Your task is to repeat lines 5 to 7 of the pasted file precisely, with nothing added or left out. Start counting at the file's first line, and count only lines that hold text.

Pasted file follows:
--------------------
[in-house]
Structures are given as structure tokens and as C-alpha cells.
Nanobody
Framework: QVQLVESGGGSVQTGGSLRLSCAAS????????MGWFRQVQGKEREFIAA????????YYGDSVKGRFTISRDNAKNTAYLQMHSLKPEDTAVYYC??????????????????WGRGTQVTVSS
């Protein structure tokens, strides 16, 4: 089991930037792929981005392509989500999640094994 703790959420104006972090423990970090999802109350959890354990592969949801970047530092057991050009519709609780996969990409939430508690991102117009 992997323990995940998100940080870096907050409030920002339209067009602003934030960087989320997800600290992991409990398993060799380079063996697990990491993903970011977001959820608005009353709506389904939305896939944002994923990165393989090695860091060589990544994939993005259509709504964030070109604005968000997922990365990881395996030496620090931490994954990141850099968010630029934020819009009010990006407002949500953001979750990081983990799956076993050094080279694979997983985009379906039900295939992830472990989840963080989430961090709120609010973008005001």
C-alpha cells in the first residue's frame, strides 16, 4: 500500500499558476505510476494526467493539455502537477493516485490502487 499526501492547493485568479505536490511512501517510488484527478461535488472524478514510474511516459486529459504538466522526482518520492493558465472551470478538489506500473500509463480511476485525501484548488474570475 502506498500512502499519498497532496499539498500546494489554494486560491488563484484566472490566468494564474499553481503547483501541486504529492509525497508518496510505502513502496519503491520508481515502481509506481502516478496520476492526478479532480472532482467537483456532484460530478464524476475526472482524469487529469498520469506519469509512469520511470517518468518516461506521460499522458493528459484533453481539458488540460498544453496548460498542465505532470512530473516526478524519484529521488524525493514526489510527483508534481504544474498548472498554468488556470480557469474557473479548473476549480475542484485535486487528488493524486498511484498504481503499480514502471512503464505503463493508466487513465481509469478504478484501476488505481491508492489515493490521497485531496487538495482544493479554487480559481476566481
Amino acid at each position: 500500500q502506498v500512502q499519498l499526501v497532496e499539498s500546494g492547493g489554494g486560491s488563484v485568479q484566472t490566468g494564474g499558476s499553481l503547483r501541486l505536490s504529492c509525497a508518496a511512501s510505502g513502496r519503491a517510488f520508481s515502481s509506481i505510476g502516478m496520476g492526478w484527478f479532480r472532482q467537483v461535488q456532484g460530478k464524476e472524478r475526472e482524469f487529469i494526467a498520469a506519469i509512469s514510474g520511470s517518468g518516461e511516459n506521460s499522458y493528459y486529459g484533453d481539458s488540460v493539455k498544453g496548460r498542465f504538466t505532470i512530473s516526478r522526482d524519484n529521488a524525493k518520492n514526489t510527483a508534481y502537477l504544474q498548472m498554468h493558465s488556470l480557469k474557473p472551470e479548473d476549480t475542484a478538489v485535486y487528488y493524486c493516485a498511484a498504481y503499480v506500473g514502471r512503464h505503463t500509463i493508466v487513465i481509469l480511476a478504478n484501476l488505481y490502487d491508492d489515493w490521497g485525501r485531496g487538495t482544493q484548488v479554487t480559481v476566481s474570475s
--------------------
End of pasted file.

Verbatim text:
């Protein structure tokens, strides 16, 4: 089991930037792929981005392509989500999640094994 703790959420104006972090423990970090999802109350959890354990592969949801970047530092057991050009519709609780996969990409939430508690991102117009 992997323990995940998100940080870096907050409030920002339209067009602003934030960087989320997800600290992991409990398993060799380079063996697990990491993903970011977001959820608005009353709506389904939305896939944002994923990165393989090695860091060589990544994939993005259509709504964030070109604005968000997922990365990881395996030496620090931490994954990141850099968010630029934020819009009010990006407002949500953001979750990081983990799956076993050094080279694979997983985009379906039900295939992830472990989840963080989430961090709120609010973008005001």
C-alpha cells in the first residue's frame, strides 16, 4: 500500500499558476505510476494526467493539455502537477493516485490502487 499526501492547493485568479505536490511512501517510488484527478461535488472524478514510474511516459486529459504538466522526482518520492493558465472551470478538489506500473500509463480511476485525501484548488474570475 502506498500512502499519498497532496499539498500546494489554494486560491488563484484566472490566468494564474499553481503547483501541486504529492509525497508518496510505502513502496519503491520508481515502481509506481502516478496520476492526478479532480472532482467537483456532484460530478464524476475526472482524469487529469498520469506519469509512469520511470517518468518516461506521460499522458493528459484533453481539458488540460498544453496548460498542465505532470512530473516526478524519484529521488524525493514526489510527483508534481504544474498548472498554468488556470480557469474557473479548473476549480475542484485535486487528488493524486498511484498504481503499480514502471512503464505503463493508466487513465481509469478504478484501476488505481491508492489515493490521497485531496487538495482544493479554487480559481476566481
Amino acid at each position: 500500500q502506498v500512502q499519498l499526501v497532496e499539498s500546494g492547493g489554494g486560491s488563484v485568479q484566472t490566468g494564474g499558476s499553481l503547483r501541486l505536490s504529492c509525497a508518496a511512501s510505502g513502496r519503491a517510488f520508481s515502481s509506481i505510476g502516478m496520476g492526478w484527478f479532480r472532482q467537483v461535488q456532484g460530478k464524476e472524478r475526472e482524469f487529469i494526467a498520469a506519469i509512469s514510474g520511470s517518468g518516461e511516459n506521460s499522458y493528459y486529459g484533453d481539458s488540460v493539455k498544453g496548460r498542465f504538466t505532470i512530473s516526478r522526482d524519484n529521488a524525493k518520492n514526489t510527483a508534481y502537477l504544474q498548472m498554468h493558465s488556470l480557469k474557473p472551470e479548473d476549480t475542484a478538489v485535486y487528488y493524486c493516485a498511484a498504481y503499480v506500473g514502471r512503464h505503463t500509463i493508466v487513465i481509469l480511476a478504478n484501476l488505481y490502487d491508492d489515493w490521497g485525501r485531496g487538495t482544493q484548488v479554487t480559481v476566481s474570475s